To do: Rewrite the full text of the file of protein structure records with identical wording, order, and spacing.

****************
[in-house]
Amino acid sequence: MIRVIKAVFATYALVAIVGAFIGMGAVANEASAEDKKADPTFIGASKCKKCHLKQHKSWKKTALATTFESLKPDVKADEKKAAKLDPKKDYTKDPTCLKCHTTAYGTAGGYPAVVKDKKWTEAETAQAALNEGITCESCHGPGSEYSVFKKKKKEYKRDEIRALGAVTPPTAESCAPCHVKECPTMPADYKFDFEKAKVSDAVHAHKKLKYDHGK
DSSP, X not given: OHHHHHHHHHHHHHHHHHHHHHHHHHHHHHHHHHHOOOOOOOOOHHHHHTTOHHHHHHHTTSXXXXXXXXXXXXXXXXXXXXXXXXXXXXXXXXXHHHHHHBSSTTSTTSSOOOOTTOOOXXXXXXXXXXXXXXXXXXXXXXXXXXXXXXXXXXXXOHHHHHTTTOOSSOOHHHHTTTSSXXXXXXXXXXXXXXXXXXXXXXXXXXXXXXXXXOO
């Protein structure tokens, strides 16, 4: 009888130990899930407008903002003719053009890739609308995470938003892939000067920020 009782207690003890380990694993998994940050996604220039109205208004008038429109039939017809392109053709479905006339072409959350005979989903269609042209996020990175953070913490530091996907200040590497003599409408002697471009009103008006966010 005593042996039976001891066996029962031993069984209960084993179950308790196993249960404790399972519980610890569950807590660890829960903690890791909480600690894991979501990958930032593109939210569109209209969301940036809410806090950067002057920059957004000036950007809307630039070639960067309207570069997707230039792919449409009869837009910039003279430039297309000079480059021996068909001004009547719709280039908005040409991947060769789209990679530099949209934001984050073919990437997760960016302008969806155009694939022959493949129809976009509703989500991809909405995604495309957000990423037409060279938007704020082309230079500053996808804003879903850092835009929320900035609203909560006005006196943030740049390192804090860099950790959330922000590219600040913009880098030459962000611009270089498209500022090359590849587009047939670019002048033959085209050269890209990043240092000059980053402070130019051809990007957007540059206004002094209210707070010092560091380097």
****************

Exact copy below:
[in-house]
Amino acid sequence: MIRVIKAVFATYALVAIVGAFIGMGAVANEASAEDKKADPTFIGASKCKKCHLKQHKSWKKTALATTFESLKPDVKADEKKAAKLDPKKDYTKDPTCLKCHTTAYGTAGGYPAVVKDKKWTEAETAQAALNEGITCESCHGPGSEYSVFKKKKKEYKRDEIRALGAVTPPTAESCAPCHVKECPTMPADYKFDFEKAKVSDAVHAHKKLKYDHGK
DSSP, X not given: OHHHHHHHHHHHHHHHHHHHHHHHHHHHHHHHHHHOOOOOOOOOHHHHHTTOHHHHHHHTTSXXXXXXXXXXXXXXXXXXXXXXXXXXXXXXXXXHHHHHHBSSTTSTTSSOOOOTTOOOXXXXXXXXXXXXXXXXXXXXXXXXXXXXXXXXXXXXOHHHHHTTTOOSSOOHHHHTTTSSXXXXXXXXXXXXXXXXXXXXXXXXXXXXXXXXXOO
């Protein structure tokens, strides 16, 4: 009888130990899930407008903002003719053009890739609308995470938003892939000067920020 009782207690003890380990694993998994940050996604220039109205208004008038429109039939017809392109053709479905006339072409959350005979989903269609042209996020990175953070913490530091996907200040590497003599409408002697471009009103008006966010 005593042996039976001891066996029962031993069984209960084993179950308790196993249960404790399972519980610890569950807590660890829960903690890791909480600690894991979501990958930032593109939210569109209209969301940036809410806090950067002057920059957004000036950007809307630039070639960067309207570069997707230039792919449409009869837009910039003279430039297309000079480059021996068909001004009547719709280039908005040409991947060769789209990679530099949209934001984050073919990437997760960016302008969806155009694939022959493949129809976009509703989500991809909405995604495309957000990423037409060279938007704020082309230079500053996808804003879903850092835009929320900035609203909560006005006196943030740049390192804090860099950790959330922000590219600040913009880098030459962000611009270089498209500022090359590849587009047939670019002048033959085209050269890209990043240092000059980053402070130019051809990007957007540059206004002094209210707070010092560091380097």